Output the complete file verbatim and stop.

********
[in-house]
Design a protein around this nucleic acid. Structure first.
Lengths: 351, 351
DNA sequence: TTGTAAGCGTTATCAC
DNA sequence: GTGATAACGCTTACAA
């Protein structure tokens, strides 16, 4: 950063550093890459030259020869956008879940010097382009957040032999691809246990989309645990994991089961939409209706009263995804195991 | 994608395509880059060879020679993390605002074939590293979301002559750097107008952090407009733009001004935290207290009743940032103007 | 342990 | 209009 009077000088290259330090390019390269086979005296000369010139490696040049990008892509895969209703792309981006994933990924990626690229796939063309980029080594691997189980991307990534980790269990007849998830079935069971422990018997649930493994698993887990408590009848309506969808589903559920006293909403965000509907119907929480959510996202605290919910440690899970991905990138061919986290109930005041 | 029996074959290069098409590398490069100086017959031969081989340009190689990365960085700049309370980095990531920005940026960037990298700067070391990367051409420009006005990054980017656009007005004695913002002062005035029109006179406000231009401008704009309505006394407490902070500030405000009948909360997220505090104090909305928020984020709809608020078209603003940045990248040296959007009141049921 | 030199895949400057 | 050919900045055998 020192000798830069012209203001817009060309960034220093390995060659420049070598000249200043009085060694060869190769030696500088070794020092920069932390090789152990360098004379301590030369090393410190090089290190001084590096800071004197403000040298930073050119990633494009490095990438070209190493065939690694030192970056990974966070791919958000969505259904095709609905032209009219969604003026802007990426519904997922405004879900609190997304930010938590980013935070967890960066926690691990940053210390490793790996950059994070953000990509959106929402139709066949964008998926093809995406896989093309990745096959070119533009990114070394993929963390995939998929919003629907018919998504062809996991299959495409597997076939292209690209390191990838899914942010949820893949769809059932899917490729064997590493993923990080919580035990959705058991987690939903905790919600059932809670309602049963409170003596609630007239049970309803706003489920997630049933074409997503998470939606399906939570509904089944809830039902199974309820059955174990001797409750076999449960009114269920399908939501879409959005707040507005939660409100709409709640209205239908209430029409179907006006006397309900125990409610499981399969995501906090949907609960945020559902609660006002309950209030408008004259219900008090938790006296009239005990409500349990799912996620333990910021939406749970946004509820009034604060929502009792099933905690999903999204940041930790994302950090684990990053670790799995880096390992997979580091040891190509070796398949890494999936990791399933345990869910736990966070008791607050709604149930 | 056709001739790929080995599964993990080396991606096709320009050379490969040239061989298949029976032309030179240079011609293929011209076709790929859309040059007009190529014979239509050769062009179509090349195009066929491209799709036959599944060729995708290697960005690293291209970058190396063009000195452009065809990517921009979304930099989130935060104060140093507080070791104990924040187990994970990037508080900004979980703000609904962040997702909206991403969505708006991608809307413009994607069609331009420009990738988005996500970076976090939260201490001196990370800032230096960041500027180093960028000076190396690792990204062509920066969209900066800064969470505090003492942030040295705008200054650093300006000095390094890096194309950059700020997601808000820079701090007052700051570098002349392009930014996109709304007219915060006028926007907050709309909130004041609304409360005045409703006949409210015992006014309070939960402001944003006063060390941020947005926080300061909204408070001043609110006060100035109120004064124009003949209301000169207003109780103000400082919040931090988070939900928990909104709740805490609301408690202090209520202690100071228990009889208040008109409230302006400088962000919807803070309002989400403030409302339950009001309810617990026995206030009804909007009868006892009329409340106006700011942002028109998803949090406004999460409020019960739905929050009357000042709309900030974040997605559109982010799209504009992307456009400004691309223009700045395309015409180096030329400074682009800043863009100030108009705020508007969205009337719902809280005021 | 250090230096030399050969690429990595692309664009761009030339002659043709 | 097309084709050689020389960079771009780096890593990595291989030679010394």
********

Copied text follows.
[in-house]
Design a protein around this nucleic acid. Structure first.
Lengths: 351, 351
DNA sequence: TTGTAAGCGTTATCAC
DNA sequence: GTGATAACGCTTACAA
């Protein structure tokens, strides 16, 4: 950063550093890459030259020869956008879940010097382009957040032999691809246990989309645990994991089961939409209706009263995804195991 | 994608395509880059060879020679993390605002074939590293979301002559750097107008952090407009733009001004935290207290009743940032103007 | 342990 | 209009 009077000088290259330090390019390269086979005296000369010139490696040049990008892509895969209703792309981006994933990924990626690229796939063309980029080594691997189980991307990534980790269990007849998830079935069971422990018997649930493994698993887990408590009848309506969808589903559920006293909403965000509907119907929480959510996202605290919910440690899970991905990138061919986290109930005041 | 029996074959290069098409590398490069100086017959031969081989340009190689990365960085700049309370980095990531920005940026960037990298700067070391990367051409420009006005990054980017656009007005004695913002002062005035029109006179406000231009401008704009309505006394407490902070500030405000009948909360997220505090104090909305928020984020709809608020078209603003940045990248040296959007009141049921 | 030199895949400057 | 050919900045055998 020192000798830069012209203001817009060309960034220093390995060659420049070598000249200043009085060694060869190769030696500088070794020092920069932390090789152990360098004379301590030369090393410190090089290190001084590096800071004197403000040298930073050119990633494009490095990438070209190493065939690694030192970056990974966070791919958000969505259904095709609905032209009219969604003026802007990426519904997922405004879900609190997304930010938590980013935070967890960066926690691990940053210390490793790996950059994070953000990509959106929402139709066949964008998926093809995406896989093309990745096959070119533009990114070394993929963390995939998929919003629907018919998504062809996991299959495409597997076939292209690209390191990838899914942010949820893949769809059932899917490729064997590493993923990080919580035990959705058991987690939903905790919600059932809670309602049963409170003596609630007239049970309803706003489920997630049933074409997503998470939606399906939570509904089944809830039902199974309820059955174990001797409750076999449960009114269920399908939501879409959005707040507005939660409100709409709640209205239908209430029409179907006006006397309900125990409610499981399969995501906090949907609960945020559902609660006002309950209030408008004259219900008090938790006296009239005990409500349990799912996620333990910021939406749970946004509820009034604060929502009792099933905690999903999204940041930790994302950090684990990053670790799995880096390992997979580091040891190509070796398949890494999936990791399933345990869910736990966070008791607050709604149930 | 056709001739790929080995599964993990080396991606096709320009050379490969040239061989298949029976032309030179240079011609293929011209076709790929859309040059007009190529014979239509050769062009179509090349195009066929491209799709036959599944060729995708290697960005690293291209970058190396063009000195452009065809990517921009979304930099989130935060104060140093507080070791104990924040187990994970990037508080900004979980703000609904962040997702909206991403969505708006991608809307413009994607069609331009420009990738988005996500970076976090939260201490001196990370800032230096960041500027180093960028000076190396690792990204062509920066969209900066800064969470505090003492942030040295705008200054650093300006000095390094890096194309950059700020997601808000820079701090007052700051570098002349392009930014996109709304007219915060006028926007907050709309909130004041609304409360005045409703006949409210015992006014309070939960402001944003006063060390941020947005926080300061909204408070001043609110006060100035109120004064124009003949209301000169207003109780103000400082919040931090988070939900928990909104709740805490609301408690202090209520202690100071228990009889208040008109409230302006400088962000919807803070309002989400403030409302339950009001309810617990026995206030009804909007009868006892009329409340106006700011942002028109998803949090406004999460409020019960739905929050009357000042709309900030974040997605559109982010799209504009992307456009400004691309223009700045395309015409180096030329400074682009800043863009100030108009705020508007969205009337719902809280005021 | 250090230096030399050969690429990595692309664009761009030339002659043709 | 097309084709050689020389960079771009780096890593990595291989030679010394």